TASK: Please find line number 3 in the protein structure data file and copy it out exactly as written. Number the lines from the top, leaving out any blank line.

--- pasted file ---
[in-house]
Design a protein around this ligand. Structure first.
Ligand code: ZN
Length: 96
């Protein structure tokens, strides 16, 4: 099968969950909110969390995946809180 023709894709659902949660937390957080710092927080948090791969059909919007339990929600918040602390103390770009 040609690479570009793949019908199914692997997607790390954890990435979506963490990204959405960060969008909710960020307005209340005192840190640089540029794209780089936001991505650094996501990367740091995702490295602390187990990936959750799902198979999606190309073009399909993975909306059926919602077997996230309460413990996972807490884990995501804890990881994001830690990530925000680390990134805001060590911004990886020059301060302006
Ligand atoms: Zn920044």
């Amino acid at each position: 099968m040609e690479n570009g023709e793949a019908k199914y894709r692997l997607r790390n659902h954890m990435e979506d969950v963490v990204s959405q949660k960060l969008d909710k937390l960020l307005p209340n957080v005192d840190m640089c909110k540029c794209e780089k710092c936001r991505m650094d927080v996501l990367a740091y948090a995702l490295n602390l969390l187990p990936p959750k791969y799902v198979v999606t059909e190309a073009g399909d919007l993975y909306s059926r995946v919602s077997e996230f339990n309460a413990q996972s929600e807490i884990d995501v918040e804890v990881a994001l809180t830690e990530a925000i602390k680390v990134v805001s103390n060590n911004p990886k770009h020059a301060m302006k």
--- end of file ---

Ligand code: ZN